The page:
Op-ed: The Gay Clones Everyone Knows
BY Neal Broverman
October 21 2013 3:05 AM ET
One of the benefits of employment with Here Media and The Advocate is having the latter’s irreplaceable 46-year-old archive at my disposal. I’ve certainly read about Anita Bryant’s pie to the face and Barney Frank’s youthful(ish) indiscretions, but what really gets me into a time warp k-hole are the now-discontinued personals and advertisements for bars, clubs, and “spas”; you get to see how gay men really presented themselves and what the often-warped standard of beauty was.
If the issue is from the ’60s, the featured guys are smooth, muscled, and white (diversity wasn’t our strong suit back then). In the Me Decade, a stroll down Castro Street would not be complete with a mustache, mutton chops, untamed body hair, and painted-on jeans. By the ’80s, mustaches were out and mullets in. The ’90s brought us not only “don’t ask, don’t tell,” but floppy hair and overgrown stubble. Filthiness was mostly gone from The Advocate by the Aughts, but it’s clear that the previous decade saw incredible advances in hair product technology. (Get lost in our past covers here.)
There is certainly a clone “look” that still permeates gay male culture; specific styles that identify someone as a card-carrying homosexual, whether that’s the intention or not. How will the clone look of the Teens be recalled (and undoubtedly laughed about)? Since I haven’t been to a gay bar in six months (too much effort), I decided to peruse Out.com — our sister site and arbiter of gayville — to see what the predominant gay look is these days.
My attention was pulled strongly and swiftly toward “The 30 Sexiest Gay Sex Scenes in Film” (unlike fashion, men never change). One of my favorite movies of all time, 2011’s Weekend, almost tops the list (sorry) and that movie not only captured the modern gay male experience in a true, beautiful, and searing way, it also got the “look” just right. Main characters Russell and Glen are thoughtful and distinctive, but physically they’re clones; their carefully calibrated scruff and pomade-assisted hair is at every gay dive bar from Edinburgh to Williamsburg. Clippered scruff: typical Teens clone accessory. Textured manes that both defy gravity and look tousled from rigorous sex shall be a mark of the Teens; American Crew is to the ’10s what L.A. Looks was to the ’80s.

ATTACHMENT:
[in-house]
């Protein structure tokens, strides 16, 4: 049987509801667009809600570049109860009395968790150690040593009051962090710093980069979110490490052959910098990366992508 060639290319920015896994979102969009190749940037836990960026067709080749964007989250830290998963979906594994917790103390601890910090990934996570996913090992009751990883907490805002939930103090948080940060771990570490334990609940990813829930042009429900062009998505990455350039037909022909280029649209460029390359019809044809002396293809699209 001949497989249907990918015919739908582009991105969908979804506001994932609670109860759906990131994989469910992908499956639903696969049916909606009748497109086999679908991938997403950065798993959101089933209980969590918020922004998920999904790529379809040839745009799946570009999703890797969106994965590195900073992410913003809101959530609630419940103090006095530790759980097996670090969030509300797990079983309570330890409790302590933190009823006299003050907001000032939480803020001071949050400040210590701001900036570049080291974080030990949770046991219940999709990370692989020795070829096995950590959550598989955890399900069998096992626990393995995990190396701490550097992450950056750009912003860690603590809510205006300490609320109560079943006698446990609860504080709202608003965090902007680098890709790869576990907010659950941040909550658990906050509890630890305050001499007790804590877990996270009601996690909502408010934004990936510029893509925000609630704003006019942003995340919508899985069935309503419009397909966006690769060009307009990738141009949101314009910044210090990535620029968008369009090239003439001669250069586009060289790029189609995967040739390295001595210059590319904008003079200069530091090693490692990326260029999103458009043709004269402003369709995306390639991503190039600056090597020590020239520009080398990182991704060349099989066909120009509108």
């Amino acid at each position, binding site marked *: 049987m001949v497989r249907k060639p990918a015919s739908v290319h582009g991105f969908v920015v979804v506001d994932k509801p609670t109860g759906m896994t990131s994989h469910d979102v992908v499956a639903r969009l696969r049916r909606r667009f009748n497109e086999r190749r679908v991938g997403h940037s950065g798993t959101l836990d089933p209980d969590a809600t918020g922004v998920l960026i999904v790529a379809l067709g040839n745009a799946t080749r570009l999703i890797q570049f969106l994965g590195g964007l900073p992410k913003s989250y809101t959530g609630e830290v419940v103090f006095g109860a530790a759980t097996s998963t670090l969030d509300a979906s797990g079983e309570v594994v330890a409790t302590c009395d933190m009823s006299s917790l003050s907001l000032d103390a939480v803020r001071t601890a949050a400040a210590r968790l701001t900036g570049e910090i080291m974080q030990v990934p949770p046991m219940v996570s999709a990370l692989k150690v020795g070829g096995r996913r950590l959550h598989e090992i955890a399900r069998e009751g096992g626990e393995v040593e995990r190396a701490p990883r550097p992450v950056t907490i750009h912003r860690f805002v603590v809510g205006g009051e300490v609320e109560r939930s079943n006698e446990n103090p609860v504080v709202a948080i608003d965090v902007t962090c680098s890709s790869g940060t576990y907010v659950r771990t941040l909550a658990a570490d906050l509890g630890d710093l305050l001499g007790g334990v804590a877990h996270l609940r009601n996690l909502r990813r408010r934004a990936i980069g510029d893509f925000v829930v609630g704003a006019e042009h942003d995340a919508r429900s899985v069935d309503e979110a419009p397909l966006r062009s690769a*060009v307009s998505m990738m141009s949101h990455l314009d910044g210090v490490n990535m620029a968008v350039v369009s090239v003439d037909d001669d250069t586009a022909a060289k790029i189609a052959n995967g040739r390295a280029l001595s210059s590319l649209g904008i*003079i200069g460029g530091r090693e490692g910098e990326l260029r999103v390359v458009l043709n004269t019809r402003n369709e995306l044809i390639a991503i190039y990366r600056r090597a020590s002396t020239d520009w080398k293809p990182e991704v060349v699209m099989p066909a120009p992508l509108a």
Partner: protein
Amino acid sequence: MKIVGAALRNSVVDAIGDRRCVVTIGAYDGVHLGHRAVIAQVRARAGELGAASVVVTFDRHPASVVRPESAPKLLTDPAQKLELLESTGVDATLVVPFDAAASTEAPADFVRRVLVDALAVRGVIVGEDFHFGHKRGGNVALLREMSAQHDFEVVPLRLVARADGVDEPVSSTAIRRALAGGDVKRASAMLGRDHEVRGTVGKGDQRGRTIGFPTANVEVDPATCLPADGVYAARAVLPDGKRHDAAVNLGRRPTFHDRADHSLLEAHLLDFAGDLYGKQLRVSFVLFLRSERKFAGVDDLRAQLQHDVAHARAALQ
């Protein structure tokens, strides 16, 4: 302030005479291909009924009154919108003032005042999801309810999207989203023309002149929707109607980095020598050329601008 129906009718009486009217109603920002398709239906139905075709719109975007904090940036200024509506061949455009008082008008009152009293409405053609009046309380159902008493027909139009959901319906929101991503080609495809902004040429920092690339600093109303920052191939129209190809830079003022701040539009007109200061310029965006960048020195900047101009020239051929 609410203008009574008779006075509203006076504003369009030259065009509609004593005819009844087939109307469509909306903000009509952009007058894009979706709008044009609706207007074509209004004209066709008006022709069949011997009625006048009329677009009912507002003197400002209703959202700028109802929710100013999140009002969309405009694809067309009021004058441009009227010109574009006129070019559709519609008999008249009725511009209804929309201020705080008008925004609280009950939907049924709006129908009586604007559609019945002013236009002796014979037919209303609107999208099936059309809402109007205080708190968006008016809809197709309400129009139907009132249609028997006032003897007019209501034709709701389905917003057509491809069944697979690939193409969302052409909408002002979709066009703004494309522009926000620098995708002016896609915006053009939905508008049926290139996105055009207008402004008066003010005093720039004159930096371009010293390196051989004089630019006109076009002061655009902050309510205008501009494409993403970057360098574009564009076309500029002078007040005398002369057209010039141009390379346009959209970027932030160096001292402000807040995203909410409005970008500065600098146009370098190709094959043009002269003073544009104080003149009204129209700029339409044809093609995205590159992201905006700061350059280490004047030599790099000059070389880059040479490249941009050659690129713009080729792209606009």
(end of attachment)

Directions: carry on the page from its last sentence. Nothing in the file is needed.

My sociological searching next took me to the gay bars of our time: iPhone apps. Scouring various “dating” applications, I saw — no surprise — enough manicured facial hair to make Gillette investors very happy. Head hair was a little more all over the place, but it was mostly business-on-the-sides-and-back, high-rise-living-at-the-top. The hirsute scene was more shocking a few inches down, with much more waxed and shaved chests than I expected. The torsos were similar at Gay.com, another sister site to The Advocate, but with more bodies attached to faces, it felt more revealing. Chest hair in the early ’10s: running free, but maybe moving toward a more mowed state (no!).
This being the Internet, clothes were not a huge commodity, so I thought about dragging myself to a gay bar for an up-close look at clone fashion. Sadly, I just couldn’t stomach the will to shower again (hyper-cleanliness being a big part of gay clone culture), so I did the next best thing, more like the most lazy: I Facebook-stalked my gay male friends. Recurring themes: jeans so tight, pliers are necessary for fly closure (very ’70s); neckwear, in the form of skinny ties and bow ties, usually worn with anything but a suit (kinda ’80s); formfitting polo shirts (very ’80s).
This all sounded familiar. I walked to the bathroom and looked at the gay man in the mirror. Facial hair just a few days away from turning into a crumb net: check. Tousled peaks of hair as viscous as dough thanks to $20 pomade: check. Snug polo shirt with bicep-exposing sleeves and wisps of chest hair sprouting from collar: check. Jeans so tight they’ve actually ripped and been sewn up by a professional: check. A clone stared back at me. In honor of the realization of my sameness, I snapped a photo: more than scruff, pomade, and polos, the selfie will likely be the enduring gay look of the 2010s.